Greenlanders worry about what climate change will do to their dogs. Image: By Kim Hansen, via Wikimedia Commons
This article first appeared on the www.climatenewsnetwork.net website
by Kieran Cooke
The climate crisis is part of daily life near the North Pole for most Greenlanders, with 75% saying they have felt it themselves.
Most Greenlanders, those who live in the High Arctic, need no persuading that the climate emergency is real enough: three-quarters of them say they’ve experienced it.
Amid a flurry of scientific reports and dispatches by journalists, the world should know by now about the speed of the ice melt going on in the Arctic and the grave consequences it’s likely to have for the rest of the planet.
What is often less well-known is how people in this vast region feel about the dramatic way that climate change is altering their environment and way of life.
A recently published report on Greenland by the Denmark-based Kraks Fond Institute for Urban Economic Research, the University of Copenhagen and others attempts to provide an answer.
Not surprisingly, given the record high temperatures of recent years in Greenland and elsewhere in the Arctic, almost all those surveyed – 92% – believe climate change is happening, with more than half attributing such developments to human activities.
A substantial majority – 76% – say they have personally experienced the effects of climate change; a large segment of those surveyed say the warming they’re witnessing will harm people in present and future generations and adversely impact plant and animal species – especially dogs used for sledging.
More than 640 residents of Greenland – 1.5% of the population of what is the world’s biggest island – participated in the report. Questioned on the level of anxiety they feel about the changes happening around them, those surveyed said they were most concerned about increasingly unpredictable weather patterns, the loss and thinning of sea ice, and the melting of permafrost.
Greenland, along with many other areas of the Arctic, has a particularly high incidence of mental health problems, along with alcohol, drug and other dependence issues.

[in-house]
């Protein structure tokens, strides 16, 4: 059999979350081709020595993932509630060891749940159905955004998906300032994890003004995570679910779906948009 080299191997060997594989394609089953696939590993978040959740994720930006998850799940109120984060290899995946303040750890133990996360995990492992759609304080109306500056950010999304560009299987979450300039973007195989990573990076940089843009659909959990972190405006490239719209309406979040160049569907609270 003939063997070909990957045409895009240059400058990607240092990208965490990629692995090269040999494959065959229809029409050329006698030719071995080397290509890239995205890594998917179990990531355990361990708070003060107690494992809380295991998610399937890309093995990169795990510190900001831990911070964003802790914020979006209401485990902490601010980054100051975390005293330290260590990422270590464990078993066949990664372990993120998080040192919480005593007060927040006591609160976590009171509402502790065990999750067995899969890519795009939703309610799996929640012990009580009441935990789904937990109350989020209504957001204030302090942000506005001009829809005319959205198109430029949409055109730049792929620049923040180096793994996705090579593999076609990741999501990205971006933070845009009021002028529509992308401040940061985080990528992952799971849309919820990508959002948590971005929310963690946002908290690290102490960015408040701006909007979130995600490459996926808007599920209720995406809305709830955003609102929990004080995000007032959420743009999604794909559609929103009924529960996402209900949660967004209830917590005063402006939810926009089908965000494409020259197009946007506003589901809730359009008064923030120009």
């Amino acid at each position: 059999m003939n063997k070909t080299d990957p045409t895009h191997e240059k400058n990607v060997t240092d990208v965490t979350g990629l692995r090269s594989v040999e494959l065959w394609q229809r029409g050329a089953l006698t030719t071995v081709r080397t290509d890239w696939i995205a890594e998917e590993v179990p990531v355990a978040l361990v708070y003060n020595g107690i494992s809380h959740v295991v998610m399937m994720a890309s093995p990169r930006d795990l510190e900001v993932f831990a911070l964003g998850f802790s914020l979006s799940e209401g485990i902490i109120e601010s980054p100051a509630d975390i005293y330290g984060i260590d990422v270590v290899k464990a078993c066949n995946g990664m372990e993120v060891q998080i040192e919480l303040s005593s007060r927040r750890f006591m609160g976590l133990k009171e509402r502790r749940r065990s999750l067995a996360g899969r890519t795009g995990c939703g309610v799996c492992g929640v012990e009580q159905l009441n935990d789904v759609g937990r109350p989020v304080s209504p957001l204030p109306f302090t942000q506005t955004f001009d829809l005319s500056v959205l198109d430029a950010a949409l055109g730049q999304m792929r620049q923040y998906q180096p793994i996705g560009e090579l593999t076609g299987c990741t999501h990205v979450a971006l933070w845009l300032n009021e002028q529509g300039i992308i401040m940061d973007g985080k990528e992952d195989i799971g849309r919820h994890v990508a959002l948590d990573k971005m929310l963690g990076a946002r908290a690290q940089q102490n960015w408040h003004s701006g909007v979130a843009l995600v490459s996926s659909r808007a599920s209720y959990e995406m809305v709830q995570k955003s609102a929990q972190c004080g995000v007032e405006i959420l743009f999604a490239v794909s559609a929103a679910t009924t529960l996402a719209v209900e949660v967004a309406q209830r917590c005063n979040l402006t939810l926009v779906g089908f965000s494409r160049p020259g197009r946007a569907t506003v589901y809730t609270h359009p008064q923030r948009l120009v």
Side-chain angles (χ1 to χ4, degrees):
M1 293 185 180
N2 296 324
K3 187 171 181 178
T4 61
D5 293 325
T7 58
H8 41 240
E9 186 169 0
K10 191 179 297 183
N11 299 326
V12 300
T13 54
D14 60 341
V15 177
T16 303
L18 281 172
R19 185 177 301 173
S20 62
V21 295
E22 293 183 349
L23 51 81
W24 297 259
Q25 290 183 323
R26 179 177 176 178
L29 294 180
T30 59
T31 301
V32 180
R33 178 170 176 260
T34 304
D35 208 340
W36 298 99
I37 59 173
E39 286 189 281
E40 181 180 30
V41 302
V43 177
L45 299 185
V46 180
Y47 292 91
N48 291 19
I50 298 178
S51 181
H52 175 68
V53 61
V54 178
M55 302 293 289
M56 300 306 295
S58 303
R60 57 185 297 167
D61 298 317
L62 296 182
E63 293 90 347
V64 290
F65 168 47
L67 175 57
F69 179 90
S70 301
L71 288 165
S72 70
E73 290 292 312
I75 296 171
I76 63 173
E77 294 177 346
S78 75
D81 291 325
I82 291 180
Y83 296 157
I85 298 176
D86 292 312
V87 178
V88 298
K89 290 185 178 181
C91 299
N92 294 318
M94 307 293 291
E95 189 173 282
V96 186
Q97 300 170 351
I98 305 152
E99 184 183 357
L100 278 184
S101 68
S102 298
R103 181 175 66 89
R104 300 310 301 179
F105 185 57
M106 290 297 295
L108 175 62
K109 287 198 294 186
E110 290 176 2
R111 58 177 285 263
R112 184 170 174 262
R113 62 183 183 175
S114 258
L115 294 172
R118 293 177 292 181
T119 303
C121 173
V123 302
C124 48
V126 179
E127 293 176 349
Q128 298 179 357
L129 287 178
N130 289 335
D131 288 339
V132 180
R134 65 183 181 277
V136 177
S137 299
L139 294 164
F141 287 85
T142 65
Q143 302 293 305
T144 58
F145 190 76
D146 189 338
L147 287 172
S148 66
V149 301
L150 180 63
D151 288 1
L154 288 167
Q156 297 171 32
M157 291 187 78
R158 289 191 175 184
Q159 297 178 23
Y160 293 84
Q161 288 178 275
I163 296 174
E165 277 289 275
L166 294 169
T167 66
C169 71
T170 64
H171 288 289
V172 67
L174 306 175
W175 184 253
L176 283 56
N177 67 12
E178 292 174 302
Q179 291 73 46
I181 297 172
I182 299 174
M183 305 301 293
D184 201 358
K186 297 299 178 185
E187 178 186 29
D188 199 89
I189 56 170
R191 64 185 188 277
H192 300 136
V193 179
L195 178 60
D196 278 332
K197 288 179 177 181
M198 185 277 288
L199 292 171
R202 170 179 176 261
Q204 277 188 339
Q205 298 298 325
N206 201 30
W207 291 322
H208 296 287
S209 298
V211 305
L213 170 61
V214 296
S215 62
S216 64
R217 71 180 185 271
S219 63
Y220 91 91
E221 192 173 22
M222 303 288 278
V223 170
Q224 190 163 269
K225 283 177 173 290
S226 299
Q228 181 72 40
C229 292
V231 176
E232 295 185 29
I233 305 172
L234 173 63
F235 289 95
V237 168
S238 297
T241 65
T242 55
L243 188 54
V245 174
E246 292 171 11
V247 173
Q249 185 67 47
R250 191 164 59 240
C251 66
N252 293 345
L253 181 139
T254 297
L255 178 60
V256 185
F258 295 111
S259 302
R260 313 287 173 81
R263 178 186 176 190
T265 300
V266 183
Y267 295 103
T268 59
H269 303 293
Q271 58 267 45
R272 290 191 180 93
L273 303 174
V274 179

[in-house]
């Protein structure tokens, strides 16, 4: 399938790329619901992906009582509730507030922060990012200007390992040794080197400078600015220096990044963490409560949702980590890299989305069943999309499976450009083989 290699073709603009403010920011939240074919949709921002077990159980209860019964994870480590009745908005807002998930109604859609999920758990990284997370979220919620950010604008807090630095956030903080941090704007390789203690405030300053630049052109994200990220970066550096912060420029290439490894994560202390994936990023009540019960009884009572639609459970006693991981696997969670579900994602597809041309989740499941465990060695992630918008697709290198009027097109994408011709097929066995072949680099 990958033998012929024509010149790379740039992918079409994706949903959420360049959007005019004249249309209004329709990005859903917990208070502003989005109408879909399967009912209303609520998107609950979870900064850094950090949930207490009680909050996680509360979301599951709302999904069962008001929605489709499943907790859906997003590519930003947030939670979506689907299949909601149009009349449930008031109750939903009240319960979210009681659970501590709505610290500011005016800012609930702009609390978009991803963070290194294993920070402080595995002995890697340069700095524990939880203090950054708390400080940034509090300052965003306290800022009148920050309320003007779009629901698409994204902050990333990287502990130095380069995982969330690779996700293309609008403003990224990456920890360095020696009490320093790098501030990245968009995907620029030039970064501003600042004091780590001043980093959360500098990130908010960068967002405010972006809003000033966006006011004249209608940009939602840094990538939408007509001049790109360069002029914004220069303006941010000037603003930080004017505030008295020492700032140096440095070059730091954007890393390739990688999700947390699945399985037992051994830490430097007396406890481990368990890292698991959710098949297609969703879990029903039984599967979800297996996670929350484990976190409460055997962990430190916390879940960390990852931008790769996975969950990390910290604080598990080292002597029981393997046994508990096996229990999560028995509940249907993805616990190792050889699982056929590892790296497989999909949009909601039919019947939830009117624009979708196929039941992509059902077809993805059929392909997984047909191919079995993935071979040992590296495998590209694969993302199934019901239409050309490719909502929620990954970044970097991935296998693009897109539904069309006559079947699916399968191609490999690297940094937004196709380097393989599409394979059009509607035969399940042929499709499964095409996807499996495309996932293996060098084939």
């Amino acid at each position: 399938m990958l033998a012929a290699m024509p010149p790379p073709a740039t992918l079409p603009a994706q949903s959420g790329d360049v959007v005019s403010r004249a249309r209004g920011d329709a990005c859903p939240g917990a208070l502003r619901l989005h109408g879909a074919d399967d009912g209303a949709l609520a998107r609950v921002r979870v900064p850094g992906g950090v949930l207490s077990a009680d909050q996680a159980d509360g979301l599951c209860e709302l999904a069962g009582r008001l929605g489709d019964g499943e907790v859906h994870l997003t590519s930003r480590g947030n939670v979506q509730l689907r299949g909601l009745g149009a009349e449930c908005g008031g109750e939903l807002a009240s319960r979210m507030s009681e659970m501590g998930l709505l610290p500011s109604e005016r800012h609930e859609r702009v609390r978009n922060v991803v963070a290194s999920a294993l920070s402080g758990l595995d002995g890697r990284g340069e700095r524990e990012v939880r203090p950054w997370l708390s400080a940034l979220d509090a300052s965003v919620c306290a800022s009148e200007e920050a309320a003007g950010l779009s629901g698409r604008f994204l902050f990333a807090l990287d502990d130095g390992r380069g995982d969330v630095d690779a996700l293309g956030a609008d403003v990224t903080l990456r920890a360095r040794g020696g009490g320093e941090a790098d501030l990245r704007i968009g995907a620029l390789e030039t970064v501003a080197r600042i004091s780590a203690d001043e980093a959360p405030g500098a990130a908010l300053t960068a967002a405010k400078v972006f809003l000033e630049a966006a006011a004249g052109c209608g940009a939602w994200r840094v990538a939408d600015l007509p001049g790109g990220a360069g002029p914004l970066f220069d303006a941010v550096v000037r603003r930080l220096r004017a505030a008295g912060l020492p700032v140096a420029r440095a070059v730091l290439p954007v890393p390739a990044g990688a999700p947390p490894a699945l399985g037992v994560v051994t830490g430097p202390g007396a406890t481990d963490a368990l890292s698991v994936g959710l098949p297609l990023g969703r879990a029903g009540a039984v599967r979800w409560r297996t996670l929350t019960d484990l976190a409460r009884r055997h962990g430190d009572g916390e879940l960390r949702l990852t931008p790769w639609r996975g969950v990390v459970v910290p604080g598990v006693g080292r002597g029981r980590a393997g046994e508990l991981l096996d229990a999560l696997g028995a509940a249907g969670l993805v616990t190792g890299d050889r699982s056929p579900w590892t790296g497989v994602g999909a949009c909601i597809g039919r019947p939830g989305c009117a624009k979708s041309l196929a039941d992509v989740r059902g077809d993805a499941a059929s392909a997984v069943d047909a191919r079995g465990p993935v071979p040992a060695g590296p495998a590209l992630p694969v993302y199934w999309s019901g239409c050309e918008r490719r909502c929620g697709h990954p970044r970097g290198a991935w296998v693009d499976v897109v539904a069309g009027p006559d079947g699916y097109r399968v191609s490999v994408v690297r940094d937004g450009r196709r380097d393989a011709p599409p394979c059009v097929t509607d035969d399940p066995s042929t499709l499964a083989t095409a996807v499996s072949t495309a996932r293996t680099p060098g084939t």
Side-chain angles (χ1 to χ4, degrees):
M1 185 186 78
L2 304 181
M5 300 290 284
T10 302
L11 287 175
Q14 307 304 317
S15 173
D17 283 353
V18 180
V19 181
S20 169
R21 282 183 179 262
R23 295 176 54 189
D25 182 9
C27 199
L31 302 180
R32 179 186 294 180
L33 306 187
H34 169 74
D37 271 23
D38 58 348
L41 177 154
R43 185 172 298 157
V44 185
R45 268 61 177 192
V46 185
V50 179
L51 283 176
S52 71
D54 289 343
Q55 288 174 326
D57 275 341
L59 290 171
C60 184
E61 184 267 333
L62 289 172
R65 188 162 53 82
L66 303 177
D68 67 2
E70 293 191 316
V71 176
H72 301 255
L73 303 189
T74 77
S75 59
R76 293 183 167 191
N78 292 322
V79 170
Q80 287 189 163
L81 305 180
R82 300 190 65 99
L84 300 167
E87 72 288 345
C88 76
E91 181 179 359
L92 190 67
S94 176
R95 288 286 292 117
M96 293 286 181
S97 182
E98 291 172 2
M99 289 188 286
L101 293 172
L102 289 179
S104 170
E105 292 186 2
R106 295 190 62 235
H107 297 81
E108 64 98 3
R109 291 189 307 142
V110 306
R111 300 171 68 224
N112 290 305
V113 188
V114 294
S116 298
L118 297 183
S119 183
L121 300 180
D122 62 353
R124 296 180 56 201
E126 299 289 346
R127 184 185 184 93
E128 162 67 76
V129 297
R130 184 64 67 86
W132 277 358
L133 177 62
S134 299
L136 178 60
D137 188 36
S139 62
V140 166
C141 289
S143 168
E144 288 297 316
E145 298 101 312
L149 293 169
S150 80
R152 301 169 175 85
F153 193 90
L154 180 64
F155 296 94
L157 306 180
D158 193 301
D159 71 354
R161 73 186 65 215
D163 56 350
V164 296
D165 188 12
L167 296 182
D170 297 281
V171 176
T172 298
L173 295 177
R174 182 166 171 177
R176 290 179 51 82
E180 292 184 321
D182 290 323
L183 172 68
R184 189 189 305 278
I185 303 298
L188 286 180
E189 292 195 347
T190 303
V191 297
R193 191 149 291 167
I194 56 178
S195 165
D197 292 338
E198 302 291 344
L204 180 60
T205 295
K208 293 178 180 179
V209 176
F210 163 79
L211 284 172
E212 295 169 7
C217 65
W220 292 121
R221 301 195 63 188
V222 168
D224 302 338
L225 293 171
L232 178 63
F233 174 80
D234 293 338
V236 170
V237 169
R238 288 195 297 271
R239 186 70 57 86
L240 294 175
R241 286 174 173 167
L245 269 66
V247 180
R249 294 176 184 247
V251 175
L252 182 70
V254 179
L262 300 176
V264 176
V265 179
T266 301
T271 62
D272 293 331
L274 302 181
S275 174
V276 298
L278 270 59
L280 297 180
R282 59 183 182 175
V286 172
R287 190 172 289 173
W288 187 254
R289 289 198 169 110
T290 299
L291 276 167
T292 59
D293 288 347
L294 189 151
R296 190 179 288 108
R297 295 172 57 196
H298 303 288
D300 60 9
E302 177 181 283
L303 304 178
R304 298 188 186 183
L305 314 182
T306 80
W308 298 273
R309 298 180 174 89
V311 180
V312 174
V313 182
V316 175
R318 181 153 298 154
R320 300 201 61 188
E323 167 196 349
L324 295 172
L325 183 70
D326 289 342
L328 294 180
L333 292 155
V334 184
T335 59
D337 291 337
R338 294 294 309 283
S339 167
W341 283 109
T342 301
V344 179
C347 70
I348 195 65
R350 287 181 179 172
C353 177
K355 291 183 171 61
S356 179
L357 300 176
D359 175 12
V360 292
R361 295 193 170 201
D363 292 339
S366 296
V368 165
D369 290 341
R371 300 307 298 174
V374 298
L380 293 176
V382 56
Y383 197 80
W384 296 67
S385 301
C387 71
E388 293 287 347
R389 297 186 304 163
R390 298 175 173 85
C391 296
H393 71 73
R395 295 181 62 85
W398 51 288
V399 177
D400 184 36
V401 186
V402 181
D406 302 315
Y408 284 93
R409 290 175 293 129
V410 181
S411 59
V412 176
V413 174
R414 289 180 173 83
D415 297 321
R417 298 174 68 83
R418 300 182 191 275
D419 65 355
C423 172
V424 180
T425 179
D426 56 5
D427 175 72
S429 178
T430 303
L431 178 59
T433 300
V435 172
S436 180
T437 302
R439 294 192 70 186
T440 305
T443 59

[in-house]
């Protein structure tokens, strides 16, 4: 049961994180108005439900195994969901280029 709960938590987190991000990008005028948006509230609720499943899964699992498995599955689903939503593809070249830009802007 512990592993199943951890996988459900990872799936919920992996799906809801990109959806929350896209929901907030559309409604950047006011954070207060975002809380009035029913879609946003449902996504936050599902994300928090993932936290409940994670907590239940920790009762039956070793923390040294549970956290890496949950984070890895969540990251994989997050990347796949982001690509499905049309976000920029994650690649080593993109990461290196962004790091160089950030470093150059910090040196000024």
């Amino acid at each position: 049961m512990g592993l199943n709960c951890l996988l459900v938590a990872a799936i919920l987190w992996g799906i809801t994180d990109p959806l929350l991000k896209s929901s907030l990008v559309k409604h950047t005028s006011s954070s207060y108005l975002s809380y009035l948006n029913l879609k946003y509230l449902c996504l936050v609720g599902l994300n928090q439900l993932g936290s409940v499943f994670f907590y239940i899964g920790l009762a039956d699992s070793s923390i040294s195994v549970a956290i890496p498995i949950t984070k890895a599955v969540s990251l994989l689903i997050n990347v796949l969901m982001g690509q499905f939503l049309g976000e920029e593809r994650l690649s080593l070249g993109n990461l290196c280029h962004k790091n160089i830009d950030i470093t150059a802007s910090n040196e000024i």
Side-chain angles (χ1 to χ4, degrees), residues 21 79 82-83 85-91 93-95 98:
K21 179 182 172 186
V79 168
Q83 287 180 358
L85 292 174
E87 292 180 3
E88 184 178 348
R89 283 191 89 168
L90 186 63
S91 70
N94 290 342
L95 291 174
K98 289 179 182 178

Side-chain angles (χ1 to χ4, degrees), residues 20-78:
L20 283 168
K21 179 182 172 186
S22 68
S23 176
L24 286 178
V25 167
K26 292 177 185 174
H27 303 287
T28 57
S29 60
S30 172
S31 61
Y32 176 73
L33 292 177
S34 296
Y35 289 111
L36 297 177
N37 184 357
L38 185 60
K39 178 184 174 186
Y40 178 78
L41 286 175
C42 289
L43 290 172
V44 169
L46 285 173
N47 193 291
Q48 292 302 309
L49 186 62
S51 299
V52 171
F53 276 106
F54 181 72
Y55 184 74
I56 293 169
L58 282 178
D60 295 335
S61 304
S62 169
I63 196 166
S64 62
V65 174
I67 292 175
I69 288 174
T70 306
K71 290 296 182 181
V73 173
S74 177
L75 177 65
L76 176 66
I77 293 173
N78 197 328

Suicide rates, especially among the young, are well above those in other regions. In Arctic parts of northern Canada the incidence of suicide among the Inuit and other indigenous people is three times the national average.
“Those surveyed said they were most concerned about increasingly unpredictable weather patterns, the loss and thinning of sea ice, and the melting of permafrost”
A lack of jobs and low levels of education are said to be contributing to what is being described as a suicide crisis across the Arctic. Changing settlement patterns, community displacement due to climate change and a high incidence of TB and other diseases are also believed to be factors.
Various initiatives are now under way in an effort to tackle the problem.
Fishing is Greenland’s biggest industry, while hunting is a traditional activity, with much of the local diet dependent on seal meat and other wild food. Thinning ice means that hunting expeditions by sled are often dangerous.
A majority questioned in the survey said climate change will harm hunting, while about half say fishing will also be affected by warming temperatures.
Environment a priority
Overall more than 40% of residents thought climate change a bad thing, while only 11% said it was beneficial, with 46% still undecided on whether it would be good or bad.
Despite high unemployment rates in Greenland, a majority of those surveyed said they wanted to protect the environment, even if it was at the expense of jobs and economic growth.
Last month President Trump surprised the world by suggesting that the US would be interested in buying Greenland – he said the island was important for US security and had considerable economic potential.
Greenland is an autonomous territory ultimately ruled by Denmark. Copenhagen described Trump’s proposal as absurd. Native Greenlanders seemed equally dismissive of the idea. − Climate News Network
About Kieran Cook
Kieran Cooke, a founding editor of Climate News Network, is a former foreign correspondent for the BBC and Financial Times. He now focuses on environmental